Attorney General Jeff Sessions announced Tuesday that the Trump administration will officially rescind the Deferred Action for Childhood Arrivals (DACA) program in six months. The Obama-era program began in June 2012, seeking to protect from deportation nearly 800,000 people who were brought into the country illegally as children and providing them with work visas. Sessions said the DACA program was a “circumvention of immigration laws” and an “unconstitutional exercise of authority by the Executive Branch.”

In a subsequent press release, Palomarez said the Trump administration’s decision to rescind the DACA program is “disgraceful” and runs contrary to not only American values, but the administration’s own promise to focus specifically on illegal immigrants who have committed violent crimes and pose a threat to communities.

“Let’s lay the truth bare: President Trump has knowingly deceived the American people over the past seven months about his intentions to protect the innocent young men and women of the DACA program. ‘Rest easy, he assured Dreamers, while clarifying that his administration was, ‘not after the Dreamers, we are after criminals, ” Palomarez said in a statement.

“Now, they cannot rest easy. Now, they will be awake at night wondering whether tomorrow will be their last day on American soil.

“The president misled our country by fabricating a position and making [a] promise, only to turn around and do the complete opposite. This administration’s pro-growth agenda has sadly fallen to irrelevancy with the president’s lack of leadership, constant distractions, and inability to unite the country.”

CNN Money notes that ending DACA will likely deliver a hit to the national economy:

“Getting rid of DACA reduces the number of skilled workers and a lot of industries are facing worker shortages,” says Ike Brannon, a visiting fellow at the Cato Institute, a conservative research group. “To push this now is really an inopportune time.”

Brannon estimates that repealing DACA would also hit the U.S. government by deporting taxpayers. He forecasts a potential $60 billion loss in tax revenue to the federal government and $280 billion hit to economic growth over 10 years.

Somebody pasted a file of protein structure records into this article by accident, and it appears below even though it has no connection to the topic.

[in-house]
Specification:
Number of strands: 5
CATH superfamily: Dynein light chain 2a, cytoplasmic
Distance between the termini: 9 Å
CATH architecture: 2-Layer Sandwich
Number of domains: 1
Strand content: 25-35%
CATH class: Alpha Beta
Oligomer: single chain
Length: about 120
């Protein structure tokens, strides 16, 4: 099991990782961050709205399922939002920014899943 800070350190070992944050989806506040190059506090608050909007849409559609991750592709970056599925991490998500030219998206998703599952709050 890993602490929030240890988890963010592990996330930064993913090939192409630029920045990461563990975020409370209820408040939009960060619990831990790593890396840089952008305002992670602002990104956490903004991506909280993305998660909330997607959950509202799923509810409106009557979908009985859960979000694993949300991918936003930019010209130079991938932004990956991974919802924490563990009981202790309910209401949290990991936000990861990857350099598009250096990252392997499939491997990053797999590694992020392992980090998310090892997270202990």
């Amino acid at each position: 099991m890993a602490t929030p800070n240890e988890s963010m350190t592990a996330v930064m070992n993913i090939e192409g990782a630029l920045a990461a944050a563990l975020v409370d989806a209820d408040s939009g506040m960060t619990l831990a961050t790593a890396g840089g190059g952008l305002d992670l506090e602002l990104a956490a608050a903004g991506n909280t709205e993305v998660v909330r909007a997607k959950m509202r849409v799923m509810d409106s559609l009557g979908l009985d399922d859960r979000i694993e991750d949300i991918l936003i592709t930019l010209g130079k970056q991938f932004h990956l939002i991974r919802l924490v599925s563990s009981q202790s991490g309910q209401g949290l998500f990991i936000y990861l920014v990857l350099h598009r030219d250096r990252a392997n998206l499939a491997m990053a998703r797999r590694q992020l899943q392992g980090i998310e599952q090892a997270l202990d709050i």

Sen. Thom Tillis, R-NC, said on Twitter that immigration policy should be set through legislation, rather than executive order, and that he intends to introduce legislation for undocumented children to earn legal status.

CNN points out that there is a window in which Congress might be able to save DACA:

The move sets a clock for Congress to act to preserve the program’s protections before the DACA recipients begin losing their status March 5, 2018.

In a statement, House Speaker Paul Ryan reiterated his aspiration that Congress will reach a solution in time. “It is my hope that the House and Senate, with the president’s leadership, will be able to find consensus on a permanent legislative solution that includes ensuring that those who have done nothing wrong can still contribute as a valued part of this great country,” Ryan said.

CNN adds that if Congress does not act and DACA expires, around 300,000 people will lose their status in 2018, and more than 320,000 would lose their status in 2019.

The Los Angeles Times reports that the decision could have a beneficial effect on Democrats’ efforts to seize control of the House in 2018, particularly in California where more than a quarter of those shielded by DACA are believed to live. The publication predicts congressional Democrats will try to “pigeonhole Republicans on how the program is crafted in Congress, and how they vote if it gets to that point.”
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